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Clinical Trial for People with Parkinson’s

Last year, Mason’s Department of Rehabilitation Science [1] wrapped up a clinical trial on the walking function of people with spinal cord injuries. Now, Mason faculty and students at the College of Health and Human Services [2] are taking some of the lessons learned from that study and applying them to a new study for those with Parkinson’s disease.

Patient and student in the Rehabilitation Lab. Photo by Ron Aira

The clinical trial will run for 12 weeks and involve a series of training sessions featuring specific exercises to improve the walking function of people with Parkinson’s disease. Rehabilitation science PhD students who were involved in the previous study proposed much of this new study’s protocol.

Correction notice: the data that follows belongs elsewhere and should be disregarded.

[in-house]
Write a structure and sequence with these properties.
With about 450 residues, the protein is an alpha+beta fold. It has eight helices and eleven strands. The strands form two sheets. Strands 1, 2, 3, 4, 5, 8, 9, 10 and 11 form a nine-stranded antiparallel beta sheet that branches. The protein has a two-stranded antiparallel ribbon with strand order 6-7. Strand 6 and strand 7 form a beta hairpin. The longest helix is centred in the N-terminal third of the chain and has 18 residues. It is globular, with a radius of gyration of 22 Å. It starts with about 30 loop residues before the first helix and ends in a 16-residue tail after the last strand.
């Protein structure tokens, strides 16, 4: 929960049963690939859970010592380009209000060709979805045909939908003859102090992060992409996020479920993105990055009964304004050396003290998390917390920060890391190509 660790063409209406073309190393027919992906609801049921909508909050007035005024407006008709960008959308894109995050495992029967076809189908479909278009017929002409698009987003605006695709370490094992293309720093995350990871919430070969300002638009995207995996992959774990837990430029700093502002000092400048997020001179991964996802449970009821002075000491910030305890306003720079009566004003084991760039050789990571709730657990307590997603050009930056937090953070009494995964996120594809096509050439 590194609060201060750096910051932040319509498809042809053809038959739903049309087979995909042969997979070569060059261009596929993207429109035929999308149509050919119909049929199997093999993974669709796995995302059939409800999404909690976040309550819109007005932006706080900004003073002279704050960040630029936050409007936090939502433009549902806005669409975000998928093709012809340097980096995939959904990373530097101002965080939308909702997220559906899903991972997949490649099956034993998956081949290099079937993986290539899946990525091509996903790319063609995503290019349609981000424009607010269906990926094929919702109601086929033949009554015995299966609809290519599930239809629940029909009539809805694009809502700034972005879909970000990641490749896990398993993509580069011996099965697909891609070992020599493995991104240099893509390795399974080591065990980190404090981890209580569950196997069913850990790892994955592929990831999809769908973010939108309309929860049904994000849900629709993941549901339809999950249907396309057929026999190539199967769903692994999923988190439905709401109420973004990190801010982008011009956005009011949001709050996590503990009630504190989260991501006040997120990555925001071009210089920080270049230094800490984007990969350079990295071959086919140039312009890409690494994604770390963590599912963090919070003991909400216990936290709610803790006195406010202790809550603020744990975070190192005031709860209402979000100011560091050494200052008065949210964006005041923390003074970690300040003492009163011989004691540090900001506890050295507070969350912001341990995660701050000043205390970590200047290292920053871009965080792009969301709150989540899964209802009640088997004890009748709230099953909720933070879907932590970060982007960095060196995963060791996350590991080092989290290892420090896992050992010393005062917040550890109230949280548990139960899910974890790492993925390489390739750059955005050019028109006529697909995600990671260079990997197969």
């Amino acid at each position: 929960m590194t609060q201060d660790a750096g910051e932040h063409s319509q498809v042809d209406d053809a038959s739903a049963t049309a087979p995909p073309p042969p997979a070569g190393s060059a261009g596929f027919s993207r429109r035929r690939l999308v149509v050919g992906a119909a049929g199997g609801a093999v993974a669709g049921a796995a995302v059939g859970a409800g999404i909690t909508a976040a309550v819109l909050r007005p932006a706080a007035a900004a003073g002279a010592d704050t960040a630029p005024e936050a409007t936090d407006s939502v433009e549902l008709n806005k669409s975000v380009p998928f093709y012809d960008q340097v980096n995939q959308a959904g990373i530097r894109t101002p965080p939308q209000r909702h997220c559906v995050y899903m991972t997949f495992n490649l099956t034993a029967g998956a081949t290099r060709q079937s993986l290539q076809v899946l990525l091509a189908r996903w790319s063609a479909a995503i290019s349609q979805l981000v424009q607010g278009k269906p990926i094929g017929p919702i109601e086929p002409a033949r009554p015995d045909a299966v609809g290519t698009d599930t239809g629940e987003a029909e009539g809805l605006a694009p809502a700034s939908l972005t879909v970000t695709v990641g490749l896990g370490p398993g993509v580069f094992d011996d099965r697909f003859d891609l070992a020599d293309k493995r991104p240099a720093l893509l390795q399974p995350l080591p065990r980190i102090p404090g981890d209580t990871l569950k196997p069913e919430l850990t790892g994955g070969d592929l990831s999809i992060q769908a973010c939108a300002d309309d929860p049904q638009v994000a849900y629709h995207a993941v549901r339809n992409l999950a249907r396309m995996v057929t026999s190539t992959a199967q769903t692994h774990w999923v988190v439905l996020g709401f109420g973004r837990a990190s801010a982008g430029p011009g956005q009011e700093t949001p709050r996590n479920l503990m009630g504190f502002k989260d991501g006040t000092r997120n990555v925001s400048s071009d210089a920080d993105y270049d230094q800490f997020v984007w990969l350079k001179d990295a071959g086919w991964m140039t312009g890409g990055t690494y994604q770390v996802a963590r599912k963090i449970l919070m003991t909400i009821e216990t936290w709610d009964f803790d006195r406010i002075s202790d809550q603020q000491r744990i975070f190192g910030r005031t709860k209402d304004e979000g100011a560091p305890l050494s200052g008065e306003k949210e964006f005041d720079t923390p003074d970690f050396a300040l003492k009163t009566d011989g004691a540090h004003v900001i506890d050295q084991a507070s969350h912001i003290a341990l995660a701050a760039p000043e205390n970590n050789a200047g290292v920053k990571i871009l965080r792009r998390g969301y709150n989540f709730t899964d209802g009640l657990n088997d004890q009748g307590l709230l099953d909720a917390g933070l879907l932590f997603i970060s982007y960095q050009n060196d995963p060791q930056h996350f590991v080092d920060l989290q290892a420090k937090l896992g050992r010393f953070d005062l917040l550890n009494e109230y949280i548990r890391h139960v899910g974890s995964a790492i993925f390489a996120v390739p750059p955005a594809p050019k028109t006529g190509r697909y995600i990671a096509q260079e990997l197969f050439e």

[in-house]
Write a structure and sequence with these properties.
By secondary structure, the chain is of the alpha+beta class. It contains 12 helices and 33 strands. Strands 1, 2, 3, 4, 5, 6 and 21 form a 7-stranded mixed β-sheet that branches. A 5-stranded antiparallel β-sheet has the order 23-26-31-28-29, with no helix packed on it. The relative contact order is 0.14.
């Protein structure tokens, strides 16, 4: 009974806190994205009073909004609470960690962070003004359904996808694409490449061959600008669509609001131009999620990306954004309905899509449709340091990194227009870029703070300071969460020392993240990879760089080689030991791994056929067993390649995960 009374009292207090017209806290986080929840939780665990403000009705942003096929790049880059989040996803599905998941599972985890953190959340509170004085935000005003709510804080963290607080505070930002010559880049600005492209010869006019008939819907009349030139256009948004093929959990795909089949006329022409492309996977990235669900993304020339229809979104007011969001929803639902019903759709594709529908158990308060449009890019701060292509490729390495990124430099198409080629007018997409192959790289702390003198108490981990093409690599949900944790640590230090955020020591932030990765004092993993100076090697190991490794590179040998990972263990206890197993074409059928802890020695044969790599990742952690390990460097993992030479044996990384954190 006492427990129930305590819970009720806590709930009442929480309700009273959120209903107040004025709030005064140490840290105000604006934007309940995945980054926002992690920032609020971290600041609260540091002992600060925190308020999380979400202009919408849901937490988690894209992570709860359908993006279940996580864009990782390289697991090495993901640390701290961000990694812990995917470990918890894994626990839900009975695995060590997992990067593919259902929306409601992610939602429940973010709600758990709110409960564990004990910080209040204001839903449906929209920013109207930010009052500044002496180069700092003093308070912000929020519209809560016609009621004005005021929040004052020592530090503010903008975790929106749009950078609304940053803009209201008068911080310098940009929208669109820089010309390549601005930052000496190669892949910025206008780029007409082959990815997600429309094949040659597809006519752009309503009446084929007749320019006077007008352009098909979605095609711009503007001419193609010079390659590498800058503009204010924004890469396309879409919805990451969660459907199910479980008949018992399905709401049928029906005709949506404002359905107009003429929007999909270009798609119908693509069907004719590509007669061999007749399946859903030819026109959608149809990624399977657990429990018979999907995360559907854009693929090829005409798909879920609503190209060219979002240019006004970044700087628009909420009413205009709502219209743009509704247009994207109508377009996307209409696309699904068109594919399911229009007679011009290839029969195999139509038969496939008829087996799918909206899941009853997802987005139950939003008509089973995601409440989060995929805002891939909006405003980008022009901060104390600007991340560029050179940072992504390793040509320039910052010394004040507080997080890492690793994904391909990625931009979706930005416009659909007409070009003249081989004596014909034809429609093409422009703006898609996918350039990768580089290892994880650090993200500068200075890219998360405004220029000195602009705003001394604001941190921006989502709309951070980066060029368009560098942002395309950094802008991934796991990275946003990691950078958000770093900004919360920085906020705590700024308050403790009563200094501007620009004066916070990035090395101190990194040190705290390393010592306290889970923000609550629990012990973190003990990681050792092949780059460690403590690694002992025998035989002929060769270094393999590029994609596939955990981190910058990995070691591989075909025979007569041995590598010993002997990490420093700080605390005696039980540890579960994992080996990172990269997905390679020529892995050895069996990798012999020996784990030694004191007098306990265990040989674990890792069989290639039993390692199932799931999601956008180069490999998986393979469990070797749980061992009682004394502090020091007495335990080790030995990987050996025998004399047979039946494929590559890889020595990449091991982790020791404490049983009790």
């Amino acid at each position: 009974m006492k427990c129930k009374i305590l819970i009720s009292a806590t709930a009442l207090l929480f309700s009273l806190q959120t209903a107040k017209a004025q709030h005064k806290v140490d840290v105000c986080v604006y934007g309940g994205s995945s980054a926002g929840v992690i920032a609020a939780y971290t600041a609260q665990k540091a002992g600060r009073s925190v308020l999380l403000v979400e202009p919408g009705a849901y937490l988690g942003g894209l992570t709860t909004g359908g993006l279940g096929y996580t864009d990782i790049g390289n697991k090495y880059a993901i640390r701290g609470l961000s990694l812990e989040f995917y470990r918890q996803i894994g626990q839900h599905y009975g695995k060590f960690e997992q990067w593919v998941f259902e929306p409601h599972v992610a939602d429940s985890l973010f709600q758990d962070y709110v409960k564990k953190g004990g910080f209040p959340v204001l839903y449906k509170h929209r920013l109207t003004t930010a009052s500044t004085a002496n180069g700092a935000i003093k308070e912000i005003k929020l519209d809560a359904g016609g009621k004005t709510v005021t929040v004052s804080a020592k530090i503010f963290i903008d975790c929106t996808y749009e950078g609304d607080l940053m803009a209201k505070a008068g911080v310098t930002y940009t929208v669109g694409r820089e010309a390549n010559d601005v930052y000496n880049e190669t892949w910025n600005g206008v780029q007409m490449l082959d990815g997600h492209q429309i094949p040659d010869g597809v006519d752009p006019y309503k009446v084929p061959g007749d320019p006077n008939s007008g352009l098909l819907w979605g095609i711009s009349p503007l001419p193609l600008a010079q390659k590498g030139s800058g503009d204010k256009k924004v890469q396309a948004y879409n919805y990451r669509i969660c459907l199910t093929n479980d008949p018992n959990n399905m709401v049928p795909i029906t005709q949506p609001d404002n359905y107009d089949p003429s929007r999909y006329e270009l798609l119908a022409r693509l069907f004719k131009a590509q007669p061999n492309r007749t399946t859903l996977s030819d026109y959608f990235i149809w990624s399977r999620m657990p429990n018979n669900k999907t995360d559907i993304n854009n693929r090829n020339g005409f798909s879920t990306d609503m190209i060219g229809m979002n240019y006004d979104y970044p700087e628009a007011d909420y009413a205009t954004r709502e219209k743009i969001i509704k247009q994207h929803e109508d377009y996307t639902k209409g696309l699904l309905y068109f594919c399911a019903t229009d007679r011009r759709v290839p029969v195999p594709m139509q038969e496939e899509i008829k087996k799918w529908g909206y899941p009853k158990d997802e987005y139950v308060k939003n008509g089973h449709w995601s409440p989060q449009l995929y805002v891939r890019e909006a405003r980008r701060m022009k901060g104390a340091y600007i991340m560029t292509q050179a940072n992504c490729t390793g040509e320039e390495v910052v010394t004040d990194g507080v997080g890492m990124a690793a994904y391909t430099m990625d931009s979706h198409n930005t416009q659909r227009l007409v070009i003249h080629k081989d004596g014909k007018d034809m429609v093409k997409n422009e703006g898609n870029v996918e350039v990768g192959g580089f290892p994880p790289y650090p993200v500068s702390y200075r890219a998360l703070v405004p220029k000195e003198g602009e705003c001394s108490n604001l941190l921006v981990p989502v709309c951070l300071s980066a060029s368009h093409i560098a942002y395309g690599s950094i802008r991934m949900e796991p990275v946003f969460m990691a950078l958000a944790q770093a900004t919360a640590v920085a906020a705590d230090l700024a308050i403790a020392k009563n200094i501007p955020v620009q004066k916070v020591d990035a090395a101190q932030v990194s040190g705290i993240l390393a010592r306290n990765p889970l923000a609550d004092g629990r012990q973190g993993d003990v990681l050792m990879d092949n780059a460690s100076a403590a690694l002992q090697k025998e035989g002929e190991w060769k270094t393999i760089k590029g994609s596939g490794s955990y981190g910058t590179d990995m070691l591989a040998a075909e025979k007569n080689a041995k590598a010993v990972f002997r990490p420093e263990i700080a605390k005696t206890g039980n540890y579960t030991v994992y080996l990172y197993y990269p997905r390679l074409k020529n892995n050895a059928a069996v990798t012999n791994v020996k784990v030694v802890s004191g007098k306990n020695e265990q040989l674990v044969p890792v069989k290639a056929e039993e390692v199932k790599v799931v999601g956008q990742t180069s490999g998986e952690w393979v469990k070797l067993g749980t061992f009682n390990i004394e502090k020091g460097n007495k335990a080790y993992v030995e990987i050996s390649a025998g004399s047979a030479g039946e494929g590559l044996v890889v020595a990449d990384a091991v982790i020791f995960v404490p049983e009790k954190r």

The trial will also focus on factors that affect walking, using the cutting-edge technology in the Functional Performance Laboratory [3] at Peterson Family Health Sciences Hall [4]. These include equipment to record lower-extremity muscle activity, a portable metabolic system to measure breathing, and various devices that measure the characteristics of stepping.

“We can test a lot of things in the lab, but ultimately, life happens outside of the lab,” says Clinton Wutzke, an assistant professor in the Department of Rehabilitation Science and the study’s coprincipal investigator, along with department chair Andrew Guccione.

Wutzke says that the study is in response to community needs. There is a large group of people with Parkinson’s in the Northern Virginia area, he says, and nationally, more people are being diagnosed with Parkinson’s than ever before.